June 30, 2013

Start a Ben Franklin Style "Junto" And Do Some Good

By Brandon Marie Miller

Happy July 4th! This year, to honor the holiday, find something you can do-- large or small-- to better our families or communities. I'm inspired by that marvelous and practical Founding Father, Ben Franklin.

Franklin works the printing press clad in his leather apron.
Charles Mills Murals, Benjamin Franklin Institute of Technology.

Franklin believed one man "may work great Changes, and accomplish great Affairs among Mankind, if he first forms a good Plan." A working-class poor boy with an eye for opportunity, Franklin always had a plan. Still in his early twenties, outgoing Franklin was the ultimate networker. How could he share knowledge and learn from others?

In 1727 Ben formed a group called the Leather Apron Club. A leather apron, stained, scratched and worn thin, represented the hardworking craftsmen, like Franklin himself, who wore the garment. Soon the group's name changed to the Junto, meaning an assembly or council.

In weekly meetings Junto members traded ideas and information and pooled their books for everyone to read. Any topic could be discussed. How might members help each other to succeed and better themselves? What had members learned from a success or failure? How could they make their home of Philadelphia a better place? This last part was important. Franklin believed "the most acceptable Service of God was the doing of Good to Man."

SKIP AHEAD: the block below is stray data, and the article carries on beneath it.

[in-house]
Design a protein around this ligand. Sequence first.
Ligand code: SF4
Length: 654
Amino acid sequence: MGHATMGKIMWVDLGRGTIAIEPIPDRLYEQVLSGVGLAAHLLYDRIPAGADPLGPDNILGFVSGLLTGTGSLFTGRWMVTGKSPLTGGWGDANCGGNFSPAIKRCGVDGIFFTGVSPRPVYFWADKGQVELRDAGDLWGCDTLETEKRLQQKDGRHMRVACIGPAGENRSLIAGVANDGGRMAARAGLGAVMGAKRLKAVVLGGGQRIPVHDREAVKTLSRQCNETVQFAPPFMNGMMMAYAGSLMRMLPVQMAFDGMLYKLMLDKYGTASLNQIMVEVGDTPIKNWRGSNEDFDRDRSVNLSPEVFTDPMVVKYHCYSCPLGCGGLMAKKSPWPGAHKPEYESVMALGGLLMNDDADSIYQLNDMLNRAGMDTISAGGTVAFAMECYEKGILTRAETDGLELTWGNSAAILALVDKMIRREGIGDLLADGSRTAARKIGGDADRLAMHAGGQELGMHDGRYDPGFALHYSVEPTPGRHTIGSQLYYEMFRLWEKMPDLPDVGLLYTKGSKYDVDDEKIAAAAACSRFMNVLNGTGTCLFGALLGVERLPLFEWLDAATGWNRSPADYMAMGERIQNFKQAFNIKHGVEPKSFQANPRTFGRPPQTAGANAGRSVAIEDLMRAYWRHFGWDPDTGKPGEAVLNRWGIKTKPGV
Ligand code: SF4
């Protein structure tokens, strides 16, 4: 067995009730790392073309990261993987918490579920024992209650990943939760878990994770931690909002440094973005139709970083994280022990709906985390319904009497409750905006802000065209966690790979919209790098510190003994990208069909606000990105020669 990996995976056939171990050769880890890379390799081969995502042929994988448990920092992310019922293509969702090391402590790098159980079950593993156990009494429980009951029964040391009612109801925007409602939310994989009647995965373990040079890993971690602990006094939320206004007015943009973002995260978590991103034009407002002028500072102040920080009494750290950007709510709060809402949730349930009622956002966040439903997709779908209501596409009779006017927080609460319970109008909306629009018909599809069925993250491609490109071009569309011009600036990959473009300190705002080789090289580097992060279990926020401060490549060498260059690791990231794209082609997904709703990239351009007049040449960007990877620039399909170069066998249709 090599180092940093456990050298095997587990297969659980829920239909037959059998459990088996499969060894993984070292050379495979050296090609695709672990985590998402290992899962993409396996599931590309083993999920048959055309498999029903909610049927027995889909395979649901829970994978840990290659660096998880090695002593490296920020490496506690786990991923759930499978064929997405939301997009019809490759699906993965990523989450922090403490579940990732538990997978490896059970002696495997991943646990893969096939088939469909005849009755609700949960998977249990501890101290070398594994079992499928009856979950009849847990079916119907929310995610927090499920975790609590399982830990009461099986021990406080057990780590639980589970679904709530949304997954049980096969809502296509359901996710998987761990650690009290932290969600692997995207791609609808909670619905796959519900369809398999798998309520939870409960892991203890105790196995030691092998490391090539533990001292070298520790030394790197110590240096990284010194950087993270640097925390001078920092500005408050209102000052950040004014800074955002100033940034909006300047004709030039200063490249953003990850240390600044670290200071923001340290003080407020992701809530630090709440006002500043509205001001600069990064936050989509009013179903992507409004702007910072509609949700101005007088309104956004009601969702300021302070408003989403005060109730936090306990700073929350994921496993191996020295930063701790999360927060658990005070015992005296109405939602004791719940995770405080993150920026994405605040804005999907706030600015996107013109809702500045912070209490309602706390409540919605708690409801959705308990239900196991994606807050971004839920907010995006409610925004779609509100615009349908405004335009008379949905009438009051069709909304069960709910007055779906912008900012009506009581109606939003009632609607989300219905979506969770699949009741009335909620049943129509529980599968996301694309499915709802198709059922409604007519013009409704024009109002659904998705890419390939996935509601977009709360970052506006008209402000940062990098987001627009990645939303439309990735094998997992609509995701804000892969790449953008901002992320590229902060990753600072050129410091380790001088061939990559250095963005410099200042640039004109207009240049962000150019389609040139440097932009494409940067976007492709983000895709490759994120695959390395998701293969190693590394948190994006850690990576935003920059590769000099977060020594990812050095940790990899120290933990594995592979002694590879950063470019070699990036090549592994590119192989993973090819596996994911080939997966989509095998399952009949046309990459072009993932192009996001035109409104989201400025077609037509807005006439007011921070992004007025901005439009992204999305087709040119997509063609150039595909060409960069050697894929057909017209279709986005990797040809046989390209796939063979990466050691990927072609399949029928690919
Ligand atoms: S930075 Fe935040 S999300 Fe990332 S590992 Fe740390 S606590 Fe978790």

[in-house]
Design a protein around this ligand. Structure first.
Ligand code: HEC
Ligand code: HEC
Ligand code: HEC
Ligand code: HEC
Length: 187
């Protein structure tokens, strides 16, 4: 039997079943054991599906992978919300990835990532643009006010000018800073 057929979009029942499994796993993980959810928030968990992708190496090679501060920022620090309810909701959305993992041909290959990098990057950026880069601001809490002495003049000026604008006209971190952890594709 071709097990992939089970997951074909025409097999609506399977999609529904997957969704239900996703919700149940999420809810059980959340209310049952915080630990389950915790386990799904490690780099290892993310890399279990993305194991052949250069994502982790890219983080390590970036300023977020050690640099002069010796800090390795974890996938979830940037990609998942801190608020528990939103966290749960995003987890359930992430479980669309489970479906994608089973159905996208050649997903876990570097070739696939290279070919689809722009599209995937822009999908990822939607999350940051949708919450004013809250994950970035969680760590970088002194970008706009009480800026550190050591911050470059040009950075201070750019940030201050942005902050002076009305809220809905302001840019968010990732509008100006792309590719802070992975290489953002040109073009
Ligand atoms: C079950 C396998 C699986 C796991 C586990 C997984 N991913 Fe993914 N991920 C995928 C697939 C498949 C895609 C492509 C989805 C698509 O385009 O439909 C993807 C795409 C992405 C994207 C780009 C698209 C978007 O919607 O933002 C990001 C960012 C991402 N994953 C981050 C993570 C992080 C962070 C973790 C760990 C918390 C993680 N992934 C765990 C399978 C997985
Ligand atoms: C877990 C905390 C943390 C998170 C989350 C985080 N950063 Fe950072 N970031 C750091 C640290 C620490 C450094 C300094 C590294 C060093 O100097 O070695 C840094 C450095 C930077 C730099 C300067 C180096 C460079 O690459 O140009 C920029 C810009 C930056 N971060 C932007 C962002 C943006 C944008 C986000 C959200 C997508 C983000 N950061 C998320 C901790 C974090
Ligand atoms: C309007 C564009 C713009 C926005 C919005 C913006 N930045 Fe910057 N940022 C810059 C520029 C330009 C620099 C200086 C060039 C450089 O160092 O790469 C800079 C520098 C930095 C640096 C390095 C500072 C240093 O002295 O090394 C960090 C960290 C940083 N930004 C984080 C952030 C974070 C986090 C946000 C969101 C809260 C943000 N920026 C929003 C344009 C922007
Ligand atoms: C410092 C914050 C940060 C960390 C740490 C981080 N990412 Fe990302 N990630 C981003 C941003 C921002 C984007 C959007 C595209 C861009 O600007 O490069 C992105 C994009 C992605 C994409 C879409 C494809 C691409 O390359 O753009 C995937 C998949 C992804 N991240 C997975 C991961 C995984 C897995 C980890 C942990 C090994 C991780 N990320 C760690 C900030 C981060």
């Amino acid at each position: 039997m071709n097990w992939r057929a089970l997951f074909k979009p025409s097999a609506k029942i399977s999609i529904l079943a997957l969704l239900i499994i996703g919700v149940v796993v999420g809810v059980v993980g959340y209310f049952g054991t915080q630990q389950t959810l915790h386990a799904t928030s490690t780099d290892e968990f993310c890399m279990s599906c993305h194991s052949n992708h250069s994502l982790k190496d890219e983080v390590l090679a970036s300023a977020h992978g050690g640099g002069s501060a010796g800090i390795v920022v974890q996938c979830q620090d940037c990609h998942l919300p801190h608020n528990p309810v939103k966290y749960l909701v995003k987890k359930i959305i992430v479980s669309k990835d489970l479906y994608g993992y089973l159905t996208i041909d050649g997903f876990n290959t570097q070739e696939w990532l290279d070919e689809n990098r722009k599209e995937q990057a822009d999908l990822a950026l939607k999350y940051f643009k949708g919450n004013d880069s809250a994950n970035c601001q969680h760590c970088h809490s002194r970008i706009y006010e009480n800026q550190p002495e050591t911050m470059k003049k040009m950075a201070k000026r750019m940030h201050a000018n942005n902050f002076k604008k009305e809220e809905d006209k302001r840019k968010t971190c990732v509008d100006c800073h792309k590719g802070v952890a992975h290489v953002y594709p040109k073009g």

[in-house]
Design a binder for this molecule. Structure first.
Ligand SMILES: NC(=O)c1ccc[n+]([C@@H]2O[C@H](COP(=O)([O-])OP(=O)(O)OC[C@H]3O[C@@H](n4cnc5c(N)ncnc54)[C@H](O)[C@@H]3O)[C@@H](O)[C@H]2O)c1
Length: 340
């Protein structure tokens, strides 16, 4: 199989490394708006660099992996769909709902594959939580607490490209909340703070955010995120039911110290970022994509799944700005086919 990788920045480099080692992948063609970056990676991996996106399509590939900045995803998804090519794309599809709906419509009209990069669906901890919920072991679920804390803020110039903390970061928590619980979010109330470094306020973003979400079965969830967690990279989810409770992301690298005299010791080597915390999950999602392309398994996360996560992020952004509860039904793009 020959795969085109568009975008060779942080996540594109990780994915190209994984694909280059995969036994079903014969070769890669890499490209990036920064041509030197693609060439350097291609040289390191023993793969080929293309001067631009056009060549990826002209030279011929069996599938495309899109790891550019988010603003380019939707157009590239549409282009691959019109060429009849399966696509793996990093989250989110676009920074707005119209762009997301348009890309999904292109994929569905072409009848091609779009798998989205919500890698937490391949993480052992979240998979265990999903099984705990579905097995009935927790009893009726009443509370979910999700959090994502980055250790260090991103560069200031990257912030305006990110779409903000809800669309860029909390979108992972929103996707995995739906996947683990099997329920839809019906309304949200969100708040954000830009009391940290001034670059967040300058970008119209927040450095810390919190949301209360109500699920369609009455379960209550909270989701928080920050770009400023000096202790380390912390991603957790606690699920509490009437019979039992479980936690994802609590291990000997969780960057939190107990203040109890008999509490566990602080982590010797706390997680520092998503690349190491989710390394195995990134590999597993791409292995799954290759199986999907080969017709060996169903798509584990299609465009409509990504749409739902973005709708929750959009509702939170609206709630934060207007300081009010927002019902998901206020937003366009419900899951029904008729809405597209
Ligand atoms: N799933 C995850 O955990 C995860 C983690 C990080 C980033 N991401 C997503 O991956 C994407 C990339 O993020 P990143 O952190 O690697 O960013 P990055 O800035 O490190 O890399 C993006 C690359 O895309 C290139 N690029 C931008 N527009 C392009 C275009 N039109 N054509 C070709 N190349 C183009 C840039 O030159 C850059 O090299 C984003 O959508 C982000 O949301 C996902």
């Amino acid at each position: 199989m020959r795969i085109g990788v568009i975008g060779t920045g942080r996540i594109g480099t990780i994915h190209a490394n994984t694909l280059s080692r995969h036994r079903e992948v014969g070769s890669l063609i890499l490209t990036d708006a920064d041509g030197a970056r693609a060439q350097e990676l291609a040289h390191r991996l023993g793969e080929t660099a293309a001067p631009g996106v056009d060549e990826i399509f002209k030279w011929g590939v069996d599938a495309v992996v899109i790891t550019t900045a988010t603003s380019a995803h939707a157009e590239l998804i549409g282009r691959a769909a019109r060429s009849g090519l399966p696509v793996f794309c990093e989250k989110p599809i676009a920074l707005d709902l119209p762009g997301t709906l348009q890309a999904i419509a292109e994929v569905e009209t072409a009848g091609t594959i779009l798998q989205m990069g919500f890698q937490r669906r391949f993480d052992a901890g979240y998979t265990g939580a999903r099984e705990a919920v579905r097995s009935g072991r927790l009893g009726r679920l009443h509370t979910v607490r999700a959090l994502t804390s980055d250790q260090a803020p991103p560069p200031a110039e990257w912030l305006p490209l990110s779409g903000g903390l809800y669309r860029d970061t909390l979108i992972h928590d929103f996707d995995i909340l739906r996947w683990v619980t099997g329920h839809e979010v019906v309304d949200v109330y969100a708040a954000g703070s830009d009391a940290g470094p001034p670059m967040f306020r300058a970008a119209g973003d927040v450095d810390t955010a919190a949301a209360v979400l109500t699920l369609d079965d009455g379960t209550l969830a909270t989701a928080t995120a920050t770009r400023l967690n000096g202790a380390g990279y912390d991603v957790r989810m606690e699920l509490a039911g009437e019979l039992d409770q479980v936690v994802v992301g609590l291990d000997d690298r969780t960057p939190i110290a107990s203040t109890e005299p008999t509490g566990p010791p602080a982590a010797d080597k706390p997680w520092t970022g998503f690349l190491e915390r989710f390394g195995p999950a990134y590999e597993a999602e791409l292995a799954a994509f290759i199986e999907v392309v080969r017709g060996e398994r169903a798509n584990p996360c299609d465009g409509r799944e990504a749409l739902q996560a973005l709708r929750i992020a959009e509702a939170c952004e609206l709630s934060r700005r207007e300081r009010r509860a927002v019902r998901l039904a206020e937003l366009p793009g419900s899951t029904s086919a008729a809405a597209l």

Franklin (center) works at the first lending library.
Charles Mills Murals, Benjamin Franklin Institute of Technology.

One of Franklin's earliest civic projects (1731) established the first lending library in the colonies. People checked out books in exchange for a small fee which covered the cost of buying new books. Franklin proudly believed the library (and others that followed) made America's "common Tradesmen and Farmers as intelligent as most Gentlemen from other Countries." As a writer, I thank Ben for this achievement.

What ideas can you brainstorm to celebrate Independence Day with a good deed, for every little bit counts!


  1. Love this! It encourages kids to do more than just read about a famous person. They can actually get inspired and take action!

  2. Thanks, Diana! That is exactly what I hope!

  3. Love Ben. He was also one of the first to implement refuse collection in the streets of Philadelphia!

  4. Sarah-- wouldn't it be great if we could sit down with Ben and have a nice talk? I need a time machine!